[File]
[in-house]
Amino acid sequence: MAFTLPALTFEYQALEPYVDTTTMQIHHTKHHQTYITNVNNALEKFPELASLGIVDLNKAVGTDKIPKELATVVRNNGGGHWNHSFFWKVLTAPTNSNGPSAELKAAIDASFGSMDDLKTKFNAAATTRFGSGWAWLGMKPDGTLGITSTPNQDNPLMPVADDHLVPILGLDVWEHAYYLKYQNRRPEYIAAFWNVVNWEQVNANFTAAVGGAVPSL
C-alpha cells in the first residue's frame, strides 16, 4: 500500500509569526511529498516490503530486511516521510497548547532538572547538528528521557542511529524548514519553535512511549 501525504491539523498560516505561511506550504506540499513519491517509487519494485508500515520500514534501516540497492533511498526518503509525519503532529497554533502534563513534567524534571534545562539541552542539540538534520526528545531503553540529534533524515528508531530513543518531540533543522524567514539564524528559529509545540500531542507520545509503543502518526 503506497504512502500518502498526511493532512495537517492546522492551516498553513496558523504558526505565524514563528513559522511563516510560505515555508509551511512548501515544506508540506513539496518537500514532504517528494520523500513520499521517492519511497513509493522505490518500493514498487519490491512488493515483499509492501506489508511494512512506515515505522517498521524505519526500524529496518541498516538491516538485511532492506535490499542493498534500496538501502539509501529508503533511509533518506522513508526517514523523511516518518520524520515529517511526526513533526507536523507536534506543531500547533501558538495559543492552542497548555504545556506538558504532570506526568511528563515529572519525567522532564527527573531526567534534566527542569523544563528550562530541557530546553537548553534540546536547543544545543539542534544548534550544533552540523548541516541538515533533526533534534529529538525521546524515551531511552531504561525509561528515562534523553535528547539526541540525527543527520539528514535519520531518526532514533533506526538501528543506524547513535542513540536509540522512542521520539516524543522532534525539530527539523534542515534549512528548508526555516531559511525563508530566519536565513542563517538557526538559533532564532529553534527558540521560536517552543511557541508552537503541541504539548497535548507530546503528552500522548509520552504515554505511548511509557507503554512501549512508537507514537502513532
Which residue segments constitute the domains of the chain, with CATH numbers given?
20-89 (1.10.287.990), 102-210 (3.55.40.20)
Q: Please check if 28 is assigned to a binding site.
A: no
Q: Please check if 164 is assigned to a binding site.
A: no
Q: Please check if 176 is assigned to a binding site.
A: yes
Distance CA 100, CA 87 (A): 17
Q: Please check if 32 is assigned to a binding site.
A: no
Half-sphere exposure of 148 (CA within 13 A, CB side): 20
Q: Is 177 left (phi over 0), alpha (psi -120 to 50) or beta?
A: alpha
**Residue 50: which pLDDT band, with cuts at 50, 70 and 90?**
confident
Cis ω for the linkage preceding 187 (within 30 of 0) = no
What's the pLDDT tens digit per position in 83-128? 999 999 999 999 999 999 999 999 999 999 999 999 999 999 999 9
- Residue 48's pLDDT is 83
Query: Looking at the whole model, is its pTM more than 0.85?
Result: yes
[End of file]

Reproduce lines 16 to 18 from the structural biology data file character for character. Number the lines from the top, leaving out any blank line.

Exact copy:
Q: Is 177 left (phi over 0), alpha (psi -120 to 50) or beta?
A: alpha
**Residue 50: which pLDDT band, with cuts at 50, 70 and 90?**